The Movie Hall

Sin Nombre [Movie Review]

[WRITTEN BY AARON LIM]

Written and directed by Cary Joji Fukunaga

Cast: Edgar Flores, Kristyan Ferrer, Paulina Gaitán, Tenoch Huerta Mejía, Diana García, Héctor Jiménez, Gerardo Taracena and Luis Fernando Peña

Sundance Film Festival Winners for Excellence in Cinematography and Direction (2009)

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  A beautifully-shot movie set in South America- including Mexico and Honduras- the film centers around the young Honduran girl Sayra (Paulina Gaitan), seeking to emigrate to the United States, and a teenage boy, nicknamed El Casper (Edgar Flores), deeply involved in violent gang culture, struggling with disillusionment, and looking for a way out of the endless cycle of vice. The lives of these two characters become intertwined during a routine robbery of the poverty stricken-migrants as they pass through gang territory, where they both become targets of the dangerous gang-leader, Lil’ Mago (Tenoch Huerta Mejia).

  The movie’s award-winning cinematography is one of its main attractions- from the lush jungles of South America to the urban slums the protagonists have to navigate, each scene is spectacularly captured, almost to the point of romanticizing their hardship and the grim struggles they have to endure until they reach their destinations. Striking colours maintain a fresh contrast to the dusty trappings of their poverty, mirroring the vividness of the plot and the journey it takes us through.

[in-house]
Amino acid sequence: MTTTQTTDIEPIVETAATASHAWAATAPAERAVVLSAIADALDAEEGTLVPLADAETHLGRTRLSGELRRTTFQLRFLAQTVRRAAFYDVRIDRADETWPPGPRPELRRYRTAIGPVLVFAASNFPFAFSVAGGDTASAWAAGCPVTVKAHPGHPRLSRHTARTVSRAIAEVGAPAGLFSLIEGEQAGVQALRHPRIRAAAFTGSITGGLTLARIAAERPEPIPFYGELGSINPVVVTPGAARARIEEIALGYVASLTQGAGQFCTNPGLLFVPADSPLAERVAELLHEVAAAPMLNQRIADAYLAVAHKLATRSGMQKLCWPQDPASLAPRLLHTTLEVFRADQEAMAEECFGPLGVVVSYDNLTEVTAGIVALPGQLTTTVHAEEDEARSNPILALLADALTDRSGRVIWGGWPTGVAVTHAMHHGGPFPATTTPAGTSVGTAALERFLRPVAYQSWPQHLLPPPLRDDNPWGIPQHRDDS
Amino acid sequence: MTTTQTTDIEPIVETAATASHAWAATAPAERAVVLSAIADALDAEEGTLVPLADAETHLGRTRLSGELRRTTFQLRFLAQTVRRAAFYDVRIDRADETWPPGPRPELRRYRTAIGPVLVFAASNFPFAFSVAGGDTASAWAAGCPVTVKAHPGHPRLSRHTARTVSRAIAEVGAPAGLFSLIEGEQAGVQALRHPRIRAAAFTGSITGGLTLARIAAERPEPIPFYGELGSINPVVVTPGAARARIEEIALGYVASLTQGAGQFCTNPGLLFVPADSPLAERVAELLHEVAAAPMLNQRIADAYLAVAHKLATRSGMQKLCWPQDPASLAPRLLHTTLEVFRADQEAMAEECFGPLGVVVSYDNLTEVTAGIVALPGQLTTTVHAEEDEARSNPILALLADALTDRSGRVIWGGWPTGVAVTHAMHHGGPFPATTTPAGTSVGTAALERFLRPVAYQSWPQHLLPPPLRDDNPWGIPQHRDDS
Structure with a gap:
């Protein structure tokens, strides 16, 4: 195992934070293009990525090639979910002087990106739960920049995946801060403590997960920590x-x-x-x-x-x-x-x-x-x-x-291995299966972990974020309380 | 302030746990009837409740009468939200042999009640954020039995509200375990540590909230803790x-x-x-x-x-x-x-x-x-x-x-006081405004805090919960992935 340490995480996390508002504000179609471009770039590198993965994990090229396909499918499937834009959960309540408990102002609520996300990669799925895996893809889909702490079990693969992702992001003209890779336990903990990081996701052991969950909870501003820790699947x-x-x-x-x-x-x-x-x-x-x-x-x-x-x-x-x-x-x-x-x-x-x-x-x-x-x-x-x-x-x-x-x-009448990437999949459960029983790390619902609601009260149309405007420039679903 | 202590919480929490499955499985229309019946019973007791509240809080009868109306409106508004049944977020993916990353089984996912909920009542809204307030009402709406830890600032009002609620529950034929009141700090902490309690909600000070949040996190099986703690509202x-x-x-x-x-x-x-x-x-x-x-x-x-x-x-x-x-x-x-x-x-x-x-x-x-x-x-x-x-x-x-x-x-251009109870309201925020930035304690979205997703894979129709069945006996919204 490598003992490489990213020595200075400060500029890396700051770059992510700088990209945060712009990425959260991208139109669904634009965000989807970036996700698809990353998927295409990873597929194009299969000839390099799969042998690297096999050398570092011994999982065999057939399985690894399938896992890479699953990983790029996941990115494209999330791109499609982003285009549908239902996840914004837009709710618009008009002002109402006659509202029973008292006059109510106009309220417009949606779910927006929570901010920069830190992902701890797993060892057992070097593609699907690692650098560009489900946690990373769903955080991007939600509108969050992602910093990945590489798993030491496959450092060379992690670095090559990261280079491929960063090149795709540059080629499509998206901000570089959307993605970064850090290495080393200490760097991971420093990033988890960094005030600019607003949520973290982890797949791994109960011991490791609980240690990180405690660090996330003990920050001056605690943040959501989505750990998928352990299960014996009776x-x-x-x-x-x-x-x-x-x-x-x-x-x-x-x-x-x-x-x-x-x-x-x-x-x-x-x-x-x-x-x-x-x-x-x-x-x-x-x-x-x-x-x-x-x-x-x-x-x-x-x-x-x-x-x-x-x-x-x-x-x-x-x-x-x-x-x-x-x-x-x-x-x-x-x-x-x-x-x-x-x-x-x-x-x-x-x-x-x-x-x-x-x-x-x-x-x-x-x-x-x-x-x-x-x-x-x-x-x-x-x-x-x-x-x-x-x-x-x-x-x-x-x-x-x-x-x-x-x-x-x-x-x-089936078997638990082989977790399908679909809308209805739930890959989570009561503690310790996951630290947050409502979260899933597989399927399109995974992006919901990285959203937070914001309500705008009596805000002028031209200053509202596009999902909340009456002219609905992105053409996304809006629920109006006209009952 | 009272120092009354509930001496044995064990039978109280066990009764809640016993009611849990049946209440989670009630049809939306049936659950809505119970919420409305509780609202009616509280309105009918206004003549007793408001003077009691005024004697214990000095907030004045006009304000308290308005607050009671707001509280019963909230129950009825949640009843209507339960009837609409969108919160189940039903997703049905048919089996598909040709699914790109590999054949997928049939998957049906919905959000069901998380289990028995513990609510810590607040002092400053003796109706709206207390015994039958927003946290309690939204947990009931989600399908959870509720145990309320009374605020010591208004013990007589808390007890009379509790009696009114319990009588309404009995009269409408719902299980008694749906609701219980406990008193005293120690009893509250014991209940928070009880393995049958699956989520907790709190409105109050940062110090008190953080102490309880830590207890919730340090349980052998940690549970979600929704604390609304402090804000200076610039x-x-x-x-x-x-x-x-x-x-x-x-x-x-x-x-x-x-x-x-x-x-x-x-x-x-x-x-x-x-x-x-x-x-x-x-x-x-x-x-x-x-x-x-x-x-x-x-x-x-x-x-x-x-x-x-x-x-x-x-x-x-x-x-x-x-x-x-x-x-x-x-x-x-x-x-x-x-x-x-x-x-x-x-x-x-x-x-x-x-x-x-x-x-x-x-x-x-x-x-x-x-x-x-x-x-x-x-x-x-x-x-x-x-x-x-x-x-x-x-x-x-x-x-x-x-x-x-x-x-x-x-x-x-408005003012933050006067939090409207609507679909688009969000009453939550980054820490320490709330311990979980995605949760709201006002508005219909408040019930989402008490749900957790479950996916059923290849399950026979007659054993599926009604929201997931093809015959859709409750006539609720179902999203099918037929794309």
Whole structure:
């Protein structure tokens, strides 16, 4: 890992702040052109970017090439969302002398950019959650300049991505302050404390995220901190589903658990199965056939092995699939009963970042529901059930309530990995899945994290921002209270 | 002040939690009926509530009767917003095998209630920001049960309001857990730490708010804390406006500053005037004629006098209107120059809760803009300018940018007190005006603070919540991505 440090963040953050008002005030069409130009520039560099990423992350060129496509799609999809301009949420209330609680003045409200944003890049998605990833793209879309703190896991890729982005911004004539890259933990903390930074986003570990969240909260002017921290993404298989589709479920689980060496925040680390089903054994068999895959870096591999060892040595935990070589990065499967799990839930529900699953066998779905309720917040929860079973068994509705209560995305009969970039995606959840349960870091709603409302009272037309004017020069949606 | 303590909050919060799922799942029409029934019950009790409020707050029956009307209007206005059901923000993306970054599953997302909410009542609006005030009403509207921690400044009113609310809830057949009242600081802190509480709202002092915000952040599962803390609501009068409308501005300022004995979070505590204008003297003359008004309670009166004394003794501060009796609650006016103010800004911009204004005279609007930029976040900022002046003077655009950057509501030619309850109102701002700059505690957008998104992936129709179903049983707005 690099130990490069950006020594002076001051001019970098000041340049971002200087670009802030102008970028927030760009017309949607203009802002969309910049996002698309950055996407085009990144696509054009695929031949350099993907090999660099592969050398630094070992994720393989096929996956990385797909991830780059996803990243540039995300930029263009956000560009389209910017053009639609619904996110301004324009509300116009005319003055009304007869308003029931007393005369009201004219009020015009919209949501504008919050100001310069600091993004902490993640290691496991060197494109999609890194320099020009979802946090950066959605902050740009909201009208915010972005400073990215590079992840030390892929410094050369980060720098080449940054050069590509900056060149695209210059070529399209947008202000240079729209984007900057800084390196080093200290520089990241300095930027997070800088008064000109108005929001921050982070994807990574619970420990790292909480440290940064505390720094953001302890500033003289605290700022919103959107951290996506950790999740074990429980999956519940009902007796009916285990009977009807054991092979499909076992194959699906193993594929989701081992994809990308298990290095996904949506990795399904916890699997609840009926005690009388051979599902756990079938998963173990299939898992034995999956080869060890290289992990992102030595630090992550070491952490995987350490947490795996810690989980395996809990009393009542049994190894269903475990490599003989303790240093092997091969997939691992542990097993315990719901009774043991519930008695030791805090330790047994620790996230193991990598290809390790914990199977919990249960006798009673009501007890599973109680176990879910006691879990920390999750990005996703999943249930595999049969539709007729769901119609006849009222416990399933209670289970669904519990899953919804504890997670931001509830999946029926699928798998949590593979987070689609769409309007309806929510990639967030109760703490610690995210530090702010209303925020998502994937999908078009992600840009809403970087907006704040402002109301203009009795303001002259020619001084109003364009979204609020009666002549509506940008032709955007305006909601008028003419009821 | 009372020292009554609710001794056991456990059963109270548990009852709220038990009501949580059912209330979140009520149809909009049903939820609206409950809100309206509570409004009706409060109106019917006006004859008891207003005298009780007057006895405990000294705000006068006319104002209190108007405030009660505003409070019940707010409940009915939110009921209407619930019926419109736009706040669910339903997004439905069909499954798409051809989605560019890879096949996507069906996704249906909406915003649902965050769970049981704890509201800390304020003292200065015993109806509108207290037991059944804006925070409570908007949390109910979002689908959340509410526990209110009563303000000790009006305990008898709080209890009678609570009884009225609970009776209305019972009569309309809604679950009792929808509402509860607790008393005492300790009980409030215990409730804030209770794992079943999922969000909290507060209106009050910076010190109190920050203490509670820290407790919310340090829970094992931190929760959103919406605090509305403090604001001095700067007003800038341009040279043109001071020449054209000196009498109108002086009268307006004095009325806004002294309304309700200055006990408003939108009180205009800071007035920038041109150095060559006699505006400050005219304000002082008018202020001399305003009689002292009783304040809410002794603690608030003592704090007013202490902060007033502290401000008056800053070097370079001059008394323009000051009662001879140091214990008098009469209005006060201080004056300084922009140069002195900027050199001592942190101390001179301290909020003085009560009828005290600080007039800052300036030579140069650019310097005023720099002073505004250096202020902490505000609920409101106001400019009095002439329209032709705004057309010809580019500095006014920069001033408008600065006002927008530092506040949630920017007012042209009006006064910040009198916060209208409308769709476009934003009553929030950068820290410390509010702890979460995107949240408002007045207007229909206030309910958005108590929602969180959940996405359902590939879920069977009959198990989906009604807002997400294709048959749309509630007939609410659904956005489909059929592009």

The realism of the characters, their relationships and the geographical connection gives the film the captivating feel of a documentary. The director, Cary Fukunaga, has obviously done his research on the plight of Latin American migrants and the inner workings of the infamous Mara Salvatrucha gang. One cannot seem to shake off the feeling that the protagonist’s bleak situation could happen or has happened to a real-life migrant family. When a series of events so dramatic and gruesome start to mirror real life, it gives the viewer a forlorn and sharp reminder of the demonstrations of cruelty humanity is capable of, and Sin Nombre seamlessly succeeds in bridging that distance between the audience and its characters. Exempting a slight weakness of sometimes predictable storyline, this film is an absolute gem.

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